One thing you almost always fail to mention during your presentations is that this expansion is being done to boost SM City Baguio’s revenues. Does SM City Baguio, already the biggest commercial center in Baguio, really need the extra profits? Are the Sys really that desperate that they will trample on the people's sentiments, rights and welfare for money?

Remember that profit isn’t always about having more money in the bank. Can you imagine the amount of goodwill SM will generate in Baguio if you forego your expansion plan, save the trees on Luneta Hill and do any one or all of the above instead?

That goodwill, all the money of the Sy family cannot buy that. But their, along with your conscience, sense of decency and genuine concern for the future of this beautiful city and its people can.

Saturday, October 6, 2012


After presenting their final witness last Friday, October 5, 2012 – SM Investments Corporation, SM Prime Holdings, the Department of Public Works and Highways and the Department of Environment and Natural Resources, defendants in the environmental case filed before Judge Antonio Estevez of Branch 5 of the Baguio RTC, the trial came to an end. Soon, the court will rule for or against the expansion plan; for or against SM; for or against the trees on Luneta Hill; for or against the environment; for or against the thousands of concerned citizens who are simply begging for the lives of 182 life-nurturing trees to be spared.

The court may tell the rich and powerful in this country that the welfare of the people may not be sacrificed for the benefit of one artificial person that is SM City Baguio, or tell us to our faces that money, lots and lots of money, can buy anyone the right to disregard the welfare and sentiments of a community.

The court may send the message that even if all the other institutions in Baguio seem to have turned their backs on the people – the police who never failed to form barricades to protect SM from protesters peacefully expressing their opposition to the murder of trees, the city executive who told the people again and again that he cannot do anything about the situation, the majority in the city council who chose to sweep the issue under the rug, the supposed members of the so-called Fourth Estate who chose advertising revenues over principles and a sense of responsibility and duty to inform the people of the truth, the whole truth and nothing but the truth – the people can still seek refuge in the country’s justice system. Or it may reinforce the message that the people’s right to a healthful climate and environment is not reason enough to stop anyone from satisfying their insatiable hunger for money.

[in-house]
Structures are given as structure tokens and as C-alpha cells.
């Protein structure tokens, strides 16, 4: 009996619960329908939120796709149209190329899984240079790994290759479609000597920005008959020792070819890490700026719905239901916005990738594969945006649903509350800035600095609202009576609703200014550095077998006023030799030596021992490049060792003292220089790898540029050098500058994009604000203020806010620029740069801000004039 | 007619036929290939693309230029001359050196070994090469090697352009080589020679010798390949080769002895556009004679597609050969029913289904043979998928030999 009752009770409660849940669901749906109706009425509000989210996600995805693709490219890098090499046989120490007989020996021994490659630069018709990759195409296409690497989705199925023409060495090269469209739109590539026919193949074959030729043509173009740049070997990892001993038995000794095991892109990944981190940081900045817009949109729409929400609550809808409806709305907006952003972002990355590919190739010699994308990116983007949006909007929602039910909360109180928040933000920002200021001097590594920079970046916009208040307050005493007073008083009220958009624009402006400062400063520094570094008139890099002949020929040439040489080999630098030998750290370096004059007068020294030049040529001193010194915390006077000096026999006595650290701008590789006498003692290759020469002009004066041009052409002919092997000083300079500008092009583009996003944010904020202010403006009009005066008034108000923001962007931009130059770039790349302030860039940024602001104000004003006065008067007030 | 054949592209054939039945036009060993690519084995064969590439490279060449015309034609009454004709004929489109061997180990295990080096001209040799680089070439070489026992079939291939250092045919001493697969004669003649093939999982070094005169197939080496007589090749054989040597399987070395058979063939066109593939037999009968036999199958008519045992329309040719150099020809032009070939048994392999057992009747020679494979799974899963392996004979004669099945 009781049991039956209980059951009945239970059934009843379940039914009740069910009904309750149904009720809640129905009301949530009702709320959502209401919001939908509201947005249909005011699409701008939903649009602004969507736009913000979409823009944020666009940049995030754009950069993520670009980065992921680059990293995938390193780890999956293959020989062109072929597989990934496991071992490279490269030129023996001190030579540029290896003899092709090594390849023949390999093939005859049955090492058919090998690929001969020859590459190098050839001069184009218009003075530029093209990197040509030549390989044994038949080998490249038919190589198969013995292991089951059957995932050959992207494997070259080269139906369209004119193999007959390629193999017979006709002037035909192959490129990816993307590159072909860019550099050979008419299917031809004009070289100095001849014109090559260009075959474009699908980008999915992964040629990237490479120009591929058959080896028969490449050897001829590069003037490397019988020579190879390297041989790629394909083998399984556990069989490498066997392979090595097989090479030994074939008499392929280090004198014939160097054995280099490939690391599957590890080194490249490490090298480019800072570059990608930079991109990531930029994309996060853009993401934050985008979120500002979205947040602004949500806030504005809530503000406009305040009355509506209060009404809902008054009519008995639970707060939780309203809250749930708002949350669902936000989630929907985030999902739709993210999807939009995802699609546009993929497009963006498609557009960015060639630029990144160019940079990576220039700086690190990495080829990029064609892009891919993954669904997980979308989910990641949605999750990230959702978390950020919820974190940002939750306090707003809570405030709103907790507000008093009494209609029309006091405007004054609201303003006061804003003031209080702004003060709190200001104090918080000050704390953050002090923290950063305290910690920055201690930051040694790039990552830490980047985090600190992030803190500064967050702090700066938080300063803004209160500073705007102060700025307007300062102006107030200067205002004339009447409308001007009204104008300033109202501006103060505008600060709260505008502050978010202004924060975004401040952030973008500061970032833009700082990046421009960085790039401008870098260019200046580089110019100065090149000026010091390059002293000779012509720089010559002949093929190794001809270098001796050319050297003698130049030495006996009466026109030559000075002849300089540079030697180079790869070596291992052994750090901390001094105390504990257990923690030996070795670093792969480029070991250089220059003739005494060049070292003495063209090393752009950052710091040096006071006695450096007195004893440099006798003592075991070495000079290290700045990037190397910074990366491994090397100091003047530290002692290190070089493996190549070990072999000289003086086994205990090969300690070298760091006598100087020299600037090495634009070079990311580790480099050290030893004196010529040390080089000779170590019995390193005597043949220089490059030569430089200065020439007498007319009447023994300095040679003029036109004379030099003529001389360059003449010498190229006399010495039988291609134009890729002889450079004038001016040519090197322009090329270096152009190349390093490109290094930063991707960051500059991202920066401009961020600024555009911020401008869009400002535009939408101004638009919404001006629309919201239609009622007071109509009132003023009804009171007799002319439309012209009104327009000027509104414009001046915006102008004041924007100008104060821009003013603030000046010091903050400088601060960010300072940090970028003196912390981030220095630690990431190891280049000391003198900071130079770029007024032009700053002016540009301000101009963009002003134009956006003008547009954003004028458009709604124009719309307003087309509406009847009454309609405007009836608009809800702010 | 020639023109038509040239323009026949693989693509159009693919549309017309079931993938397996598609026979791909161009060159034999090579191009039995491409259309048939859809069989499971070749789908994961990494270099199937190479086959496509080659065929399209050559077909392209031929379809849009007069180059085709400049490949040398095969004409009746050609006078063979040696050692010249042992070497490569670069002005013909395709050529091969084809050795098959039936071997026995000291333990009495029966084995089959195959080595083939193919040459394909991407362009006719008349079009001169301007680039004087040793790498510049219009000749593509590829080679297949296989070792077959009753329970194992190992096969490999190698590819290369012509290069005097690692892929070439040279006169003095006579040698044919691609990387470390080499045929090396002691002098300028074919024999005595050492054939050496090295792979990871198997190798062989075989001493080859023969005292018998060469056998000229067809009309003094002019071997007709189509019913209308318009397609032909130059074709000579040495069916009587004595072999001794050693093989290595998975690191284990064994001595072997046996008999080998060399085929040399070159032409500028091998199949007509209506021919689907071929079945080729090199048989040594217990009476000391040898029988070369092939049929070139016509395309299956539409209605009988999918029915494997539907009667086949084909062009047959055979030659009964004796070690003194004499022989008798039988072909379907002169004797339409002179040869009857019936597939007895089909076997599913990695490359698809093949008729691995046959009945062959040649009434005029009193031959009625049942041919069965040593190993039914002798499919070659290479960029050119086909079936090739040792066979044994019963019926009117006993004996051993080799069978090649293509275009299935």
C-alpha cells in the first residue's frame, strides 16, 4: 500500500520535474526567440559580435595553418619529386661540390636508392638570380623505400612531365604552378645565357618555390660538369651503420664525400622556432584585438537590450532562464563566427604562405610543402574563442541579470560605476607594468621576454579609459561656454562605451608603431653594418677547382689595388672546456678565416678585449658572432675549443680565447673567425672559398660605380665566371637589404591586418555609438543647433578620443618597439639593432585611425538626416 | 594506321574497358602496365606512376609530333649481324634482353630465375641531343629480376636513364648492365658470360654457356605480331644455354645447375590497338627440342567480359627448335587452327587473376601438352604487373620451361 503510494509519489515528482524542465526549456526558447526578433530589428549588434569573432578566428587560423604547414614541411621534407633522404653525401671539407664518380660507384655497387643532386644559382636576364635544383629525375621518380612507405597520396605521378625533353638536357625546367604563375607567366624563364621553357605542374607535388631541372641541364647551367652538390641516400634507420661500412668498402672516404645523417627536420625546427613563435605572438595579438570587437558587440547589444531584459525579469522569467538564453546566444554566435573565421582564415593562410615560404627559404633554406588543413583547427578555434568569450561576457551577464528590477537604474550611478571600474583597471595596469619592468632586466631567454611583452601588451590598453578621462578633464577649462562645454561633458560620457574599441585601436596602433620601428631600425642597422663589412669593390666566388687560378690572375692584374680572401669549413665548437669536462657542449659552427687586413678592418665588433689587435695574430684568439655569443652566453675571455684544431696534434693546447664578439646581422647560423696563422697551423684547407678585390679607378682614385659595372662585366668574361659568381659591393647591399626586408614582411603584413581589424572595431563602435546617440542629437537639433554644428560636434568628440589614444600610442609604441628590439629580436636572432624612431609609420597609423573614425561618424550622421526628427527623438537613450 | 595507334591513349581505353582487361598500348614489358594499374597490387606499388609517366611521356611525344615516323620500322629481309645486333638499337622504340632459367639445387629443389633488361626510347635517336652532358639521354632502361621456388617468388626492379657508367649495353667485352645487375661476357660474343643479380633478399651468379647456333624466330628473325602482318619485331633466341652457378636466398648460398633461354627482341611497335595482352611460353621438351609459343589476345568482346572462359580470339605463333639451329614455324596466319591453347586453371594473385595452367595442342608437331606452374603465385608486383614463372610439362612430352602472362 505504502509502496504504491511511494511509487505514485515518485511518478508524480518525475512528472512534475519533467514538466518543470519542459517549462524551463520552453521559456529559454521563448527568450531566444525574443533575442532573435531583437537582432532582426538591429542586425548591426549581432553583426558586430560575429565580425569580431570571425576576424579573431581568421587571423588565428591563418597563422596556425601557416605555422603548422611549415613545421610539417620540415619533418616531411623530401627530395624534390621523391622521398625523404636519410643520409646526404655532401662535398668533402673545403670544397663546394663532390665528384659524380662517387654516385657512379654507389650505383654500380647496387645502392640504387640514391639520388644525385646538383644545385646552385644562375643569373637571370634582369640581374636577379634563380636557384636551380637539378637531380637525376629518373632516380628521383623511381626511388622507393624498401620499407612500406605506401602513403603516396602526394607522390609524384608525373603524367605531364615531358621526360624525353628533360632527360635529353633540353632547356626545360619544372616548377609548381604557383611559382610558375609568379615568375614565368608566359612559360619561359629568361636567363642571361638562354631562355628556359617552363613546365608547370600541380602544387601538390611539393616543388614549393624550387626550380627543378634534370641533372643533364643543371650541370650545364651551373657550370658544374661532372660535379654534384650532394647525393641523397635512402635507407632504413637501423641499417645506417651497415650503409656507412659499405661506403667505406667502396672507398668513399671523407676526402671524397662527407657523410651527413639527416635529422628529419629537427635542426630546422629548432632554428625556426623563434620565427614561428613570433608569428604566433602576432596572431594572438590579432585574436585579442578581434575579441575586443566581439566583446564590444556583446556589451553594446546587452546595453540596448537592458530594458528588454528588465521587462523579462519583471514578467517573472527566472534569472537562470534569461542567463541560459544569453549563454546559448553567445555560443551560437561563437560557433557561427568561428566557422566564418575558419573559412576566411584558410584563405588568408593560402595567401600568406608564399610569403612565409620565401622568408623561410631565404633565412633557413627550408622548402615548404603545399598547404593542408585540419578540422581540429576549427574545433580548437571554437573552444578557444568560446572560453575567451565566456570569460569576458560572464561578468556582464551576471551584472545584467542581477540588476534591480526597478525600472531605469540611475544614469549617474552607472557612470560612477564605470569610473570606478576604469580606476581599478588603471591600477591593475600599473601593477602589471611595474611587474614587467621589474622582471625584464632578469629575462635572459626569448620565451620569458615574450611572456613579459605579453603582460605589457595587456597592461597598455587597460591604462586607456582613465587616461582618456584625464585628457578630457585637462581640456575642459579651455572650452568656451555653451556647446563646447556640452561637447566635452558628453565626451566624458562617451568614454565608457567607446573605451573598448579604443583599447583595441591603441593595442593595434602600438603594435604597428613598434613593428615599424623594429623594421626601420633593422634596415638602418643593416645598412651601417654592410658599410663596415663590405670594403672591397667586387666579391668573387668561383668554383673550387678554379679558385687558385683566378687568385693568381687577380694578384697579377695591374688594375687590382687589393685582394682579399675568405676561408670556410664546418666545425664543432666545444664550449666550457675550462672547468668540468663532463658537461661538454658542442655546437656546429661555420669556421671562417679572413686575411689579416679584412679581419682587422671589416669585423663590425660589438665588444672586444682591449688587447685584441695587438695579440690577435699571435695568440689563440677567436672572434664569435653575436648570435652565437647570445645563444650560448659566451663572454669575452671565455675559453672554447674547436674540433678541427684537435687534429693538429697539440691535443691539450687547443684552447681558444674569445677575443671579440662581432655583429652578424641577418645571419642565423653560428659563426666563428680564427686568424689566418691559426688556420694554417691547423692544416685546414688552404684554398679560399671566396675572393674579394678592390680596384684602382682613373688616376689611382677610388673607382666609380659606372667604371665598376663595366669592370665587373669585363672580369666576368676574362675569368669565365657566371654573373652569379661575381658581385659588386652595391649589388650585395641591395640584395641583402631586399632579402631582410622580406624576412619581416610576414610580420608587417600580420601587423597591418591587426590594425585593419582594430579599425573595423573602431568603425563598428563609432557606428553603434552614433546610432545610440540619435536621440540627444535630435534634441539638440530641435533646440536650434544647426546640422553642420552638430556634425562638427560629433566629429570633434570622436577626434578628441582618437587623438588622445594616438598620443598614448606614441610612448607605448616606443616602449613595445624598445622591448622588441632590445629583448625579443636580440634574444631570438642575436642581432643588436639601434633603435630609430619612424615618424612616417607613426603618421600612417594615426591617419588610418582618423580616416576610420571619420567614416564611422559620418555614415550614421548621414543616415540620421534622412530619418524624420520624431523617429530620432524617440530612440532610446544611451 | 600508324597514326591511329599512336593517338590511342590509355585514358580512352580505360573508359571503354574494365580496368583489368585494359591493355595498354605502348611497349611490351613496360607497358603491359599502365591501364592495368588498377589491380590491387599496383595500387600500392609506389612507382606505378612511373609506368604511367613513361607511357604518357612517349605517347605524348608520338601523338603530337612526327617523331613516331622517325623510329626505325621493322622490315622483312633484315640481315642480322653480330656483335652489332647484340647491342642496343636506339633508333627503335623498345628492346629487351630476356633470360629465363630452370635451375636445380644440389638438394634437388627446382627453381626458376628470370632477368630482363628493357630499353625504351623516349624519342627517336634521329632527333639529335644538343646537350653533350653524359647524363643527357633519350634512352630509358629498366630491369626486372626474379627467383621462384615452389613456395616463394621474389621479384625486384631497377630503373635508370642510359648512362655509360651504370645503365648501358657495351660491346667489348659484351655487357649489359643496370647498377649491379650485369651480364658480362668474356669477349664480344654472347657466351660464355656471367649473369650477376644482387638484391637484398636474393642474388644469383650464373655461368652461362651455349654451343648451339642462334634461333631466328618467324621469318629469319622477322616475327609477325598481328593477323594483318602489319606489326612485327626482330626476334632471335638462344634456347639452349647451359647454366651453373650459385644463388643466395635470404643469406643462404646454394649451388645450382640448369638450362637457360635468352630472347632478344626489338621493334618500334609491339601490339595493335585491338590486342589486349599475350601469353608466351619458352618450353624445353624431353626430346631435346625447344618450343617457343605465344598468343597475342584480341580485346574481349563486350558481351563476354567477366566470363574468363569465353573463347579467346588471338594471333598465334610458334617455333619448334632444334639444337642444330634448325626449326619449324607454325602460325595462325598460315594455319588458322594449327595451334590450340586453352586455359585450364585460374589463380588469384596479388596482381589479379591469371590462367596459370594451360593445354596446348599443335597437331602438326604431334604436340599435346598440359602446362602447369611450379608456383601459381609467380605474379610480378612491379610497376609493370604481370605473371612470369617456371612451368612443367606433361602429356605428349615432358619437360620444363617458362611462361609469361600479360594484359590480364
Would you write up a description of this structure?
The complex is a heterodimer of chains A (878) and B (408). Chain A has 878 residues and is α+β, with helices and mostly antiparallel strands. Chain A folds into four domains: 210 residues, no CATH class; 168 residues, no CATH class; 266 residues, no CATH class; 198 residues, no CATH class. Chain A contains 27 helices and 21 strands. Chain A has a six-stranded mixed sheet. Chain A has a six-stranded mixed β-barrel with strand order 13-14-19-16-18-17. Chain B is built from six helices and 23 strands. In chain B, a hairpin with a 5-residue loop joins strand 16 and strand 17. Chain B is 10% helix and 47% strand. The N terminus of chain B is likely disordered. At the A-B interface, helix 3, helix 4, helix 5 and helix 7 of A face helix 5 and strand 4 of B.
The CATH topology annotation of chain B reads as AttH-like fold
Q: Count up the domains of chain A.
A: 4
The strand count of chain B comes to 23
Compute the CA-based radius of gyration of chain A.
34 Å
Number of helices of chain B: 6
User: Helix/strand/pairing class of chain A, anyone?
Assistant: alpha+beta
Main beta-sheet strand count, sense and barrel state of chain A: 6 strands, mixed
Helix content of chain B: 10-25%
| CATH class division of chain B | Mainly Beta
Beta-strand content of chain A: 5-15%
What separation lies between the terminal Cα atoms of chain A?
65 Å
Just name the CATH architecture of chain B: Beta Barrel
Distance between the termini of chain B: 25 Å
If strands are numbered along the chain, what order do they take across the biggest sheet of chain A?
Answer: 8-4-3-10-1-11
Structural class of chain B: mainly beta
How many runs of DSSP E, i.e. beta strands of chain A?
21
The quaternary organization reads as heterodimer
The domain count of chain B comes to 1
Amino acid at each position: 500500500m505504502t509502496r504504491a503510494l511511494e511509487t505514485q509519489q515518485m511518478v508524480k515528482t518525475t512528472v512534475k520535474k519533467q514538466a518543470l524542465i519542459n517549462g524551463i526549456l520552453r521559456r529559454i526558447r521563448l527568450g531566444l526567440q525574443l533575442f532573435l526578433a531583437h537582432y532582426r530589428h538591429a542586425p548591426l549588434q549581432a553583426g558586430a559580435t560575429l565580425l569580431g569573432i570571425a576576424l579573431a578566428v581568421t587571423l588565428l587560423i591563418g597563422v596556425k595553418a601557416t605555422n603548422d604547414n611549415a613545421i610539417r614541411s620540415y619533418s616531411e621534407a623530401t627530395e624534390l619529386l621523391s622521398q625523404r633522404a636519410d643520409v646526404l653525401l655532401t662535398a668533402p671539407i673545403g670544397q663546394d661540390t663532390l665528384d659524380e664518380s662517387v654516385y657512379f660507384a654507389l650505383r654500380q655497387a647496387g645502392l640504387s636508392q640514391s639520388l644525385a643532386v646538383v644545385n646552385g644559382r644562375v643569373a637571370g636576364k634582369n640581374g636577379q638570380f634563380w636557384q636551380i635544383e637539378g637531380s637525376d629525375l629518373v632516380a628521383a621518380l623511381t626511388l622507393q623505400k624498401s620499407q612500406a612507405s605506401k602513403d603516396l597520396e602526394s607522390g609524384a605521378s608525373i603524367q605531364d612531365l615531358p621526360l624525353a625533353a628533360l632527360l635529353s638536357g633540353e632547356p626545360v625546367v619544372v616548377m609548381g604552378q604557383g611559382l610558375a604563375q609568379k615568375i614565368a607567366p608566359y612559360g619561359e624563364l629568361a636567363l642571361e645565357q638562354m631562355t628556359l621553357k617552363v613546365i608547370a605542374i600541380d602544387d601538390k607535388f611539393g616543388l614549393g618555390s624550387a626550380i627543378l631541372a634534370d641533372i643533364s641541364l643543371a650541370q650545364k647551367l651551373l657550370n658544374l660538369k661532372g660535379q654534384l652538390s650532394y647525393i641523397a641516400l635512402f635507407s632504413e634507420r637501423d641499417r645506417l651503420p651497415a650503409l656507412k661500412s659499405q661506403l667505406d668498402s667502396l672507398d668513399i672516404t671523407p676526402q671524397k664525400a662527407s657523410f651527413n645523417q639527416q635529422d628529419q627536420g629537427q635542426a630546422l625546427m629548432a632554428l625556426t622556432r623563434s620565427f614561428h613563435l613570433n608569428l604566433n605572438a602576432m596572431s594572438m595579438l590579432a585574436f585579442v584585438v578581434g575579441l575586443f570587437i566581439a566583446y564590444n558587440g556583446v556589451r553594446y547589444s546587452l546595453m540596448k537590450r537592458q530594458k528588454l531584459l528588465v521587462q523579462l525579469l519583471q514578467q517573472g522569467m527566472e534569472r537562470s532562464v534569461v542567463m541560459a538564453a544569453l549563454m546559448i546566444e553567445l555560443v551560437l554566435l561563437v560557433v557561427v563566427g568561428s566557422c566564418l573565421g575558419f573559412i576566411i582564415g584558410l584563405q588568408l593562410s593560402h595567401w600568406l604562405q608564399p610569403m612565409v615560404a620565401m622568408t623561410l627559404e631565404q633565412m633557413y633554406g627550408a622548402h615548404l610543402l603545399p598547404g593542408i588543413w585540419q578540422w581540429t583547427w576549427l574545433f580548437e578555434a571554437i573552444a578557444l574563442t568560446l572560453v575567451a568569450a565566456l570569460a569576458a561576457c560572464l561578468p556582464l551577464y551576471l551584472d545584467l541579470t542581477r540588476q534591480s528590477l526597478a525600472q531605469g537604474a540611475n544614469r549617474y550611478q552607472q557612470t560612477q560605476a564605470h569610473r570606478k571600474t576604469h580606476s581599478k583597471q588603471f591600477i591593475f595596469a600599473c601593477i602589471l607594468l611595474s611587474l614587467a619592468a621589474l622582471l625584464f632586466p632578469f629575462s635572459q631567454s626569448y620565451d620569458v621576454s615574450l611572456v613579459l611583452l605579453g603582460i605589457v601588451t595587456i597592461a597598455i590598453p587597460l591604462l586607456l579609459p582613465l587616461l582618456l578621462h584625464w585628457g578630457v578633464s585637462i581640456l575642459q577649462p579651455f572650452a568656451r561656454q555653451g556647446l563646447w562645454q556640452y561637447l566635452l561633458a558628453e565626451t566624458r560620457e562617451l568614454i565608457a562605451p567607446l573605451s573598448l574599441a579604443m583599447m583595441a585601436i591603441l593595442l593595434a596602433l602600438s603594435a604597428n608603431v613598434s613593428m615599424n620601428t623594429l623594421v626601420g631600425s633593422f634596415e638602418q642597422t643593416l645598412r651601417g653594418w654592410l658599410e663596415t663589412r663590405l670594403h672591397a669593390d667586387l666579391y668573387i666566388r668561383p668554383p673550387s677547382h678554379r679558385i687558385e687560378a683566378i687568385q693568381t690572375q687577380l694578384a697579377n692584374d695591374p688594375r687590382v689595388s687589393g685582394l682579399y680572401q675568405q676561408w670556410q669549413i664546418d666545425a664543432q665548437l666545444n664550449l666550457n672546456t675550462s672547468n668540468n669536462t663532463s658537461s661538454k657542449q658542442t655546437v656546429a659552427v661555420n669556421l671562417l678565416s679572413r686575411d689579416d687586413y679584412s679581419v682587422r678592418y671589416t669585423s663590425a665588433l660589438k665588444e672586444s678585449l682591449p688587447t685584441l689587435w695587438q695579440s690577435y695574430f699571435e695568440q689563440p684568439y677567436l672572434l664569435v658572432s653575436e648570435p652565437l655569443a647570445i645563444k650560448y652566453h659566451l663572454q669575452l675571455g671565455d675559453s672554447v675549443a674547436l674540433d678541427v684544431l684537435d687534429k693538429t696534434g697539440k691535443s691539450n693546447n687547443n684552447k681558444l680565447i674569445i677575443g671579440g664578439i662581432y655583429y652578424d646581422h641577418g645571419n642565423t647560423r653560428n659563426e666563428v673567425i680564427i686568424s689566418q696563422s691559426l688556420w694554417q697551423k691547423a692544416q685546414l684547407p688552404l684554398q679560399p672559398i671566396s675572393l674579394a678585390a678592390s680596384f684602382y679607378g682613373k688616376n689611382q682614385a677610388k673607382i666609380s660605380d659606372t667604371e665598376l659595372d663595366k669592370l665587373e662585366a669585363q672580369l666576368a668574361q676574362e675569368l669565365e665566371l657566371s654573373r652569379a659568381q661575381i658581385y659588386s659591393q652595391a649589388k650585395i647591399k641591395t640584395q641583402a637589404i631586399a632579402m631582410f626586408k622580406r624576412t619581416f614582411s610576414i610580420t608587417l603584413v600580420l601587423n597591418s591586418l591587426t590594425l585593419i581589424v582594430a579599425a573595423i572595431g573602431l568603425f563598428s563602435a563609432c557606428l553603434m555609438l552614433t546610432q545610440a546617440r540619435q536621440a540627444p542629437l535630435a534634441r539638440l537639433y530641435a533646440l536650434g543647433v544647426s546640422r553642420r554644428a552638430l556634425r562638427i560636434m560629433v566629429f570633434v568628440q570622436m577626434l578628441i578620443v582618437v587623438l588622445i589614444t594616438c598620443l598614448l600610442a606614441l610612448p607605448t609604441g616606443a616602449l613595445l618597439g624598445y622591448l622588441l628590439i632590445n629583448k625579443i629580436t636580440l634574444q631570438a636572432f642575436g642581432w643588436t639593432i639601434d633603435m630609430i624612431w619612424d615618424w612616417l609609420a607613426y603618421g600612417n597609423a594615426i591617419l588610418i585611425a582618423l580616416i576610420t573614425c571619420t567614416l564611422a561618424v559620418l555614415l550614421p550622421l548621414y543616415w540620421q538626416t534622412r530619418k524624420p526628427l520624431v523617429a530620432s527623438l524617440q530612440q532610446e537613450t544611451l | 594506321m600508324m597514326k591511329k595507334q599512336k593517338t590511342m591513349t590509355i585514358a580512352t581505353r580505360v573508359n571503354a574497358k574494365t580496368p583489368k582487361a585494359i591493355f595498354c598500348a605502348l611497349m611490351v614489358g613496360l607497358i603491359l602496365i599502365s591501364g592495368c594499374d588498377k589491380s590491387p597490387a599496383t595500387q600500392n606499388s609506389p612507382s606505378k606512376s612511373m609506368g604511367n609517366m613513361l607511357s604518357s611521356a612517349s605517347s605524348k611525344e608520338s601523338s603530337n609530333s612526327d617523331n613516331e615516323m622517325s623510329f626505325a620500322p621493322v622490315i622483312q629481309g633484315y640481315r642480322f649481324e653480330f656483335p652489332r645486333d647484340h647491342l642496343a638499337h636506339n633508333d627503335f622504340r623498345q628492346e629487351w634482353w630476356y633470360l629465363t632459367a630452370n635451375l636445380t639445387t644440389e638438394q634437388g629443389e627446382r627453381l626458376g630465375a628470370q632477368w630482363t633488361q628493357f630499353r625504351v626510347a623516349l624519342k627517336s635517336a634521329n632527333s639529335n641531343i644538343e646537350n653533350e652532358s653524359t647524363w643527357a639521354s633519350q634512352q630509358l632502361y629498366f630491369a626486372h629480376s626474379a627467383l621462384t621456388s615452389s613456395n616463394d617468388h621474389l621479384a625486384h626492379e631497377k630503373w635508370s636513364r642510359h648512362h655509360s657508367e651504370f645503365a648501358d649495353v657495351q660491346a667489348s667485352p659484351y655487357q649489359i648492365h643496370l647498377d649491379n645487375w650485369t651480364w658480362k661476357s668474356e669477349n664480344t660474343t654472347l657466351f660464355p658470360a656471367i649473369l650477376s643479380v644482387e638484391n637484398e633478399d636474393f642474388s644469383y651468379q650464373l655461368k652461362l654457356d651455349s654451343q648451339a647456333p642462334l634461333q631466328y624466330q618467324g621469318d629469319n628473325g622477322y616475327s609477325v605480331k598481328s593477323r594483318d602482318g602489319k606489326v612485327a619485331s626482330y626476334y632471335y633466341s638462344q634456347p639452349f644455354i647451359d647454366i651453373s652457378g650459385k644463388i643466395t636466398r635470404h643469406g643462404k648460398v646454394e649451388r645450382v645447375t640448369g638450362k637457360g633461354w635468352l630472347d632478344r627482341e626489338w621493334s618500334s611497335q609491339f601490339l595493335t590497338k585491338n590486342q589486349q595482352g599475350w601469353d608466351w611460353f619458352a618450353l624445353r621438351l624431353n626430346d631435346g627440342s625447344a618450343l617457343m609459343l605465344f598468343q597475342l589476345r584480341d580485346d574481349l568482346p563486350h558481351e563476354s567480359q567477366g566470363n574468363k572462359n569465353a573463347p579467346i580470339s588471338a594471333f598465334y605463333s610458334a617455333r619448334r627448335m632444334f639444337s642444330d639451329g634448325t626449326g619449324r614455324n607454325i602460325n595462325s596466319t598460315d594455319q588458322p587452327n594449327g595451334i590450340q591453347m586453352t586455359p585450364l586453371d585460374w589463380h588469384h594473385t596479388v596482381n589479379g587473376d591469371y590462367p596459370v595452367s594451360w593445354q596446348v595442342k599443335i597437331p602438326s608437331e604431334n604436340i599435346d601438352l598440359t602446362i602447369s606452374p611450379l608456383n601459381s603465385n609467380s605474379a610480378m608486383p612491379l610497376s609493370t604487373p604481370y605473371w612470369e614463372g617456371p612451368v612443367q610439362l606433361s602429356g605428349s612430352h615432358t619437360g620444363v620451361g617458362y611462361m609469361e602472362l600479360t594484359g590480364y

Citizens, children, students, teachers, artists, the clergy, volunteer lawyers, the men and women who walk the streets of Baguio - they are the plaintiffs in this case. They were their own witnesses, they were their own counsels.

Most of the testimonies for the prosecution were objected to by lawyers belonging to the country’s top law firms – I, for one, was prevented from testifying on Luneta Hill’s being part of the city’s heritage and history. And all I wanted to say was that on that same hill the city’s pioneers built the very first structure, a sanitarium, that springboarded Kafagway’s transformation from a rancheria into the chartered city we now know as Baguio; that the Americans who envisioned Kafagway to become a hill station planted trees on and landscaped the hill to enhance the sanitarium, and that doctors at that facility believed that the Baguio’s cool mountain air miraculously aided in the healing of patients who braved the long and arduous journey from Manila to come to Luneta Hill to get well. But I didn’t have a college degree, unlike the lawyers of Fortun, Narvasa & Salazar and ACCRA law offices, as their lawyers pointed out in court, and neither did I have a title such as Atty., Engr., Arch., and therefore, in their eyes, I was not qualified to testify on such things.

On the other hand, the defendants presented several “educated” persons along with so-called public servants who took the stand to defend the interest not of the public but of the richest man in the country.

And after hearing attorneys, architects, engineers including one who claim to be of the environmental kind testify to defend SM’s right to do as they please – carve out almost half the hill if they want to, cause the death of 182 trees if they want to, simply because they’ve got a piece of paper with MalacaƱang’s signature on it that says “Deed of Absolute Sale,” I have never been prouder of the fact that I did not get my education inside the same classroom as these people.

Justice for the trees! Justice for Luneta Hill! Justice for Baguio!